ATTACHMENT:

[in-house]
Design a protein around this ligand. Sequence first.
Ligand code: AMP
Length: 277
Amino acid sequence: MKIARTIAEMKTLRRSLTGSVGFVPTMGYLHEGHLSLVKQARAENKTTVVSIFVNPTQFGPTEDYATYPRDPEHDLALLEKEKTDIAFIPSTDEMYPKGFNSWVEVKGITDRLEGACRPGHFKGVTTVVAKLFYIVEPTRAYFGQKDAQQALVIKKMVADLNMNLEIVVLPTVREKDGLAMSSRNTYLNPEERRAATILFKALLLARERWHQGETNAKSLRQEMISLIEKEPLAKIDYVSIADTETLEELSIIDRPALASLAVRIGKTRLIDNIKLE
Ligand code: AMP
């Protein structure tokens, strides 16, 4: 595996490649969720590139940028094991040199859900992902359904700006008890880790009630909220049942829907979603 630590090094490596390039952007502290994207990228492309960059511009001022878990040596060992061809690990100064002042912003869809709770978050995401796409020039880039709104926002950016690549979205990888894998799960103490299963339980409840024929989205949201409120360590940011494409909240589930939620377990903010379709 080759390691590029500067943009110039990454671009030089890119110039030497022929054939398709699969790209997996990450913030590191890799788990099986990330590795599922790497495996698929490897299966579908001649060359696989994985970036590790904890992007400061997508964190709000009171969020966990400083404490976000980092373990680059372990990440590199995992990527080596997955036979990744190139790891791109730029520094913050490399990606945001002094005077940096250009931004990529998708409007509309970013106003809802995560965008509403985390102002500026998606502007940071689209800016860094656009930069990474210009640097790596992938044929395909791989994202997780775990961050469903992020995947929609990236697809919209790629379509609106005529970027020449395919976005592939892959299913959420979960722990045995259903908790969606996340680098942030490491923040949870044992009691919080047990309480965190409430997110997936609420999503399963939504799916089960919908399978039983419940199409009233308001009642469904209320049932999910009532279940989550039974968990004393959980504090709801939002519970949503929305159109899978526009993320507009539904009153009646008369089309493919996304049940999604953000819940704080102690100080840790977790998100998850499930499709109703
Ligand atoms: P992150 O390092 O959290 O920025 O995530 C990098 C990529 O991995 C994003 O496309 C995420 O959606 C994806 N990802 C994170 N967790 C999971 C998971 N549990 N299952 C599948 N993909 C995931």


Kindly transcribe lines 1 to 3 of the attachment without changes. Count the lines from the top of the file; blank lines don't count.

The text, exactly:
[in-house]
Design a protein around this ligand. Sequence first.
Ligand code: AMP